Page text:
TCU Place 35 -22nd St. East, Saskatoon, SK    

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Dr. Susan Ozanne
British Heart Foundation, University of Cambridge
Cambridge, UK
Epigenetics: Neonatal Environment and Nutrition
Tuesday, September 14, 2010
11:00 - 11:30 am

Abstract: 
Programming is used to describe the process whereby a stimulus or insult applied at a critical period of development results in long-term effects on the structure or function of an organism. Over the last 20 years immense interest in programming has been prompted by results of epidemiological studies showing a relationship between low birth weight and type 2 diabetes and the metabolic syndrome. Compelling evidence suggests that early environmental factors such as early nutrition play an important role in mediating these relationships. Studies of individuals exposed in utero to a period of famine have shown a direct relationship between maternal nutrition and glucose tolerance in the adult offspring. Further support for the importance of the fetal environment has come from studies of monozygotic twins who were discordant for type 2 diabetes. These revealed that the diabetic twins had significantly lower birth weights than their non-diabetic co-twins. Animal models have been developed to investigate the mechanisms linking the early environment to future disease susceptibility. The most extensively studied is the maternal low protein model where rats are fed a low (8 %) protein diet during pregnancy and lactation. Offspring have a low birth weight and undergo an age-dependent loss of glucose tolerance. This is associated with pancreatic ß cell dysfunction and insulin resistance. The latter is associated with changes in expression of key insulin-signalling proteins in muscle and adipocytes. Similar changes are observed in muscle and adipose tissue from low birth weight young men. These differences occur prior to the development of insulin resistance and type 2 diabetes, thus may be molecular markers of early growth restriction and disease risk. The molecular mechanisms by which a phenomenon that occurs in utero has phenotypic consequences years later are only just starting to emerge and are thought to involve epigenetic modifications.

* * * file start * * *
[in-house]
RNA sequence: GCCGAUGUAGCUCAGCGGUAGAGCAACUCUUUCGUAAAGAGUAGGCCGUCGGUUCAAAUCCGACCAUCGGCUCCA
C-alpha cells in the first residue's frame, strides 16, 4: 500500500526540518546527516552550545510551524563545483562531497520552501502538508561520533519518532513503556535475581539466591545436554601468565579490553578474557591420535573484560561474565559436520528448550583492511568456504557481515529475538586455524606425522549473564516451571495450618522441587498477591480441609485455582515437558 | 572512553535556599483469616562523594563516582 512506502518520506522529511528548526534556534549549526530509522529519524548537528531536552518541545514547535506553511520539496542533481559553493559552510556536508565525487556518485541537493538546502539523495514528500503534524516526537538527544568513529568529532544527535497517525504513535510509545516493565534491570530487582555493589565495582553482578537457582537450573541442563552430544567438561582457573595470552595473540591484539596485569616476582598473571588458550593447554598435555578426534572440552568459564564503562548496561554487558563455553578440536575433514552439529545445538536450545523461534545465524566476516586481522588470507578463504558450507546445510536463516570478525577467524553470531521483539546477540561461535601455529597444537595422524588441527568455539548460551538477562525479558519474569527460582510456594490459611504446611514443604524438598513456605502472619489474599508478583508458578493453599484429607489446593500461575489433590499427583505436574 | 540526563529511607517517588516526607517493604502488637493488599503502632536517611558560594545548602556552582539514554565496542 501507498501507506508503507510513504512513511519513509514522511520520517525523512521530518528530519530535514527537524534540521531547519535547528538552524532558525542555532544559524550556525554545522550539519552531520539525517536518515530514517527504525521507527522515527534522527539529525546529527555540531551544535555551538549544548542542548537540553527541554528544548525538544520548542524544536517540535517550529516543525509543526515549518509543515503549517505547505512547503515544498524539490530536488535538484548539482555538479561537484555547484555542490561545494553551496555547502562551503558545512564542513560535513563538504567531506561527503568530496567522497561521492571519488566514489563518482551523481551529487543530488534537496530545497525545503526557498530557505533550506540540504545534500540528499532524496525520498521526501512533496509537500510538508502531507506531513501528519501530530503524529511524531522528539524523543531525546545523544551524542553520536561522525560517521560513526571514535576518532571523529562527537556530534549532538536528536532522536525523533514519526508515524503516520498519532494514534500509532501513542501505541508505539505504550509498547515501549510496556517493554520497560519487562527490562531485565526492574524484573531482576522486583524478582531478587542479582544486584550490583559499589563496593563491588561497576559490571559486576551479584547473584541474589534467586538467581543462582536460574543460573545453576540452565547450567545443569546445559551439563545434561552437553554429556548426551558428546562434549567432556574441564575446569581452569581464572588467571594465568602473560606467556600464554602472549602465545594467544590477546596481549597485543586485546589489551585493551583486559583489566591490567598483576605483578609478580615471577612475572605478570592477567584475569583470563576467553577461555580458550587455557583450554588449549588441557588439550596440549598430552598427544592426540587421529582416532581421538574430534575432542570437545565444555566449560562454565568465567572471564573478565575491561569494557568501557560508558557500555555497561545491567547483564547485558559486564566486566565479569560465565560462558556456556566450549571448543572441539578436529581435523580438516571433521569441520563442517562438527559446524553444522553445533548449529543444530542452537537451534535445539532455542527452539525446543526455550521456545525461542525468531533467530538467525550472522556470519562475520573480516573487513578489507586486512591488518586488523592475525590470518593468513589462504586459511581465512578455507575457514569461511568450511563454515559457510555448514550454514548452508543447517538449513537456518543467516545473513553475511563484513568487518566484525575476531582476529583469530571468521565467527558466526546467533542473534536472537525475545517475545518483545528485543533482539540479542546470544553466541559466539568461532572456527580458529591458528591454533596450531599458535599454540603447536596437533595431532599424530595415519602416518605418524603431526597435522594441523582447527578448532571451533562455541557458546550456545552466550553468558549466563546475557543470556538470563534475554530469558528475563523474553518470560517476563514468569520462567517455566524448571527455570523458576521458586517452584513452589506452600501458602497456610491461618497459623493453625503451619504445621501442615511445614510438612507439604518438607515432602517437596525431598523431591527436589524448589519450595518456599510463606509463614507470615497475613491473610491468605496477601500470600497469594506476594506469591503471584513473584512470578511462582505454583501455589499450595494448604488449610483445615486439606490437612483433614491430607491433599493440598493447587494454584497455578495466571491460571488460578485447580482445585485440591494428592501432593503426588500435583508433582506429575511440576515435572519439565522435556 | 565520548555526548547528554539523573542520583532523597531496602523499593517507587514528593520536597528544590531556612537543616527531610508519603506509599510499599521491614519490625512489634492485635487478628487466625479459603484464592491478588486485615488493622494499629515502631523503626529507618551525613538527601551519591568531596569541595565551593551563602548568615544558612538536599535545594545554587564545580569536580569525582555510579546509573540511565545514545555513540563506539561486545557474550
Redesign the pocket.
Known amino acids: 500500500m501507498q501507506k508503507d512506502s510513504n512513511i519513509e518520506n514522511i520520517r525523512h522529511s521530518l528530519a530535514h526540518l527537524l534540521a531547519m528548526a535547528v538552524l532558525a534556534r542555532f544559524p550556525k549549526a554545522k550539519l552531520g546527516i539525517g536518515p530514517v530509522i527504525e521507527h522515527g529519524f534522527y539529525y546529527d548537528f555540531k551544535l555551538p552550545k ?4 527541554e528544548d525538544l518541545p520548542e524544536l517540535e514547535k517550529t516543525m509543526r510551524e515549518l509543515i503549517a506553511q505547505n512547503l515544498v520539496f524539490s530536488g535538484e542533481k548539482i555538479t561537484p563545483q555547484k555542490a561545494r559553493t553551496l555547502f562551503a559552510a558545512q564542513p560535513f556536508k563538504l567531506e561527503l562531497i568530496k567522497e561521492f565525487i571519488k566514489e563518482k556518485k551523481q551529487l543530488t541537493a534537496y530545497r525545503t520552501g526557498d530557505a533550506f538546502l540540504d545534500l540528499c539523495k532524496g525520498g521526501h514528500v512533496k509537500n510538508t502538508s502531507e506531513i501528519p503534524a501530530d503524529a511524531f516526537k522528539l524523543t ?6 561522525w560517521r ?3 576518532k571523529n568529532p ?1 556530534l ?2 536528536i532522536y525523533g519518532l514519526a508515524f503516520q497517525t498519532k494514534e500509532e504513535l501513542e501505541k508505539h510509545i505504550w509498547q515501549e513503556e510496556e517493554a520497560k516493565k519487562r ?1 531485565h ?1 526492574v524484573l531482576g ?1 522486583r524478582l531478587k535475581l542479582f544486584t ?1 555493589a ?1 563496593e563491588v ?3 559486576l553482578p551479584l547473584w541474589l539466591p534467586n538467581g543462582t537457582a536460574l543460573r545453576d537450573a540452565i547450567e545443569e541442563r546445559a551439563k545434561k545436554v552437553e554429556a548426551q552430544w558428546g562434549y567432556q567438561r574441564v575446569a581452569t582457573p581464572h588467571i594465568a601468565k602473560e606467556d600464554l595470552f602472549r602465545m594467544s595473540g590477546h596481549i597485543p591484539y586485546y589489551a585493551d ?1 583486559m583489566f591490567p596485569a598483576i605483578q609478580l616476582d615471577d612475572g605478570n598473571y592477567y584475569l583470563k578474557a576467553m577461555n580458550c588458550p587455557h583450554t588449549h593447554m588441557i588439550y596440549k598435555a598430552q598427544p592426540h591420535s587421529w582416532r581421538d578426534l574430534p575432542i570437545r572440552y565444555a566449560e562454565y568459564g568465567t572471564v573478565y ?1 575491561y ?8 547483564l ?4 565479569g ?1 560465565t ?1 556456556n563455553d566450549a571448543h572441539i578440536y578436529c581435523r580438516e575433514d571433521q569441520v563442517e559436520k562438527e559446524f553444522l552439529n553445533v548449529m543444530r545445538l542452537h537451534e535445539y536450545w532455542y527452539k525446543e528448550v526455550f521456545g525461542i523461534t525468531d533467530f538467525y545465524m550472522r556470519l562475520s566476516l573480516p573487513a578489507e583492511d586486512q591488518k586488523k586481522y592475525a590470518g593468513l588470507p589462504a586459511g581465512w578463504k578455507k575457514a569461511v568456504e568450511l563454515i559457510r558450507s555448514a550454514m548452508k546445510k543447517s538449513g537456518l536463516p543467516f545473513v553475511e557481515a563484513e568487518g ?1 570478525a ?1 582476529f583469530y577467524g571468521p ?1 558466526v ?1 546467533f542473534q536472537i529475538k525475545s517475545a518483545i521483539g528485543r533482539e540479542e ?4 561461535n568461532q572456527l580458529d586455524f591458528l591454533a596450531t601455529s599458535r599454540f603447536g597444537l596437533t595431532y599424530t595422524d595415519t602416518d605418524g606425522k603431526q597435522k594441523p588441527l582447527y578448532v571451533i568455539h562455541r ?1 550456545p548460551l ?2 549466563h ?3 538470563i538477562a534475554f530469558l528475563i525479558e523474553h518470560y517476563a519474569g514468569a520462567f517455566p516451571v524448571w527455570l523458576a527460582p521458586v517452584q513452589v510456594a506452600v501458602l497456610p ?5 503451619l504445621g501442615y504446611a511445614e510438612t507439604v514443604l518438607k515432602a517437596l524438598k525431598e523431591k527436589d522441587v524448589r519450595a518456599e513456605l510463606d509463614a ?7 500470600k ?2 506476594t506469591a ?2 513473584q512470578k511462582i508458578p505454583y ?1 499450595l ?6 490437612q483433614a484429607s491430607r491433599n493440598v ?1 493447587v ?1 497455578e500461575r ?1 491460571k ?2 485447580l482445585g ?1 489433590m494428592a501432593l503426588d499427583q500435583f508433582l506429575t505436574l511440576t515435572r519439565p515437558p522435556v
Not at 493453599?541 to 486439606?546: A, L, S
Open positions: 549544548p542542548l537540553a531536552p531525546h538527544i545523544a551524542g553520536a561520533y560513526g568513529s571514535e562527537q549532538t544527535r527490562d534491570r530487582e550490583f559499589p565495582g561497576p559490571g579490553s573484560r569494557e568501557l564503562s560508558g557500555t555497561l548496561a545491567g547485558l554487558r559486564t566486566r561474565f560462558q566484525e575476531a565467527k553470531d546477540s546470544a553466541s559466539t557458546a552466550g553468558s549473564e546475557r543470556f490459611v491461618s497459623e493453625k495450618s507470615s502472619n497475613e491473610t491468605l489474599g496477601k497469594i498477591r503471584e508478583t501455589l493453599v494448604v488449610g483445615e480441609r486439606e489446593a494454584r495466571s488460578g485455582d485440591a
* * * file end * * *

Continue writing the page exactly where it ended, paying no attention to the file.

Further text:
Biography
photo of Grapham Plastow
Dr Susan Ozanne is a British Heart Senior Fellow in the Institute of Metabolic Science Metabolic Research Laboratories and a Fellow of Churchill College, both at the University of Cambridge, U.K. She obtained a first class honours degree in Biochemistry from the University of Edinburgh, Scotland and then her PhD at the University of Cambridge in 1994. Before being appointed to her current post was she a Diabetes U.K. R.D. Lawrence Fellow, a Wellcome Trust Career Development Fellow and a British Heart Foundation Lecturer. Her research interests are focused on understanding the mechanistic basis of the relationship between poor early growth and subsequent risk of disease. Initially her work was directed towards understanding how low birth weight increased risk of type 2 diabetes, however her programme of work has now expanded to include the link between maternal diet, obesity and premature death. Her research group works on animal models of intrauterine growth restriction as well as on biopsy material from low birth weight humans. Dr Ozanne is the author of over 90 peer-reviewed full papers on the early origins of adult disease and is a member of the council of the Society for the Developmental Origins of Health and Disease.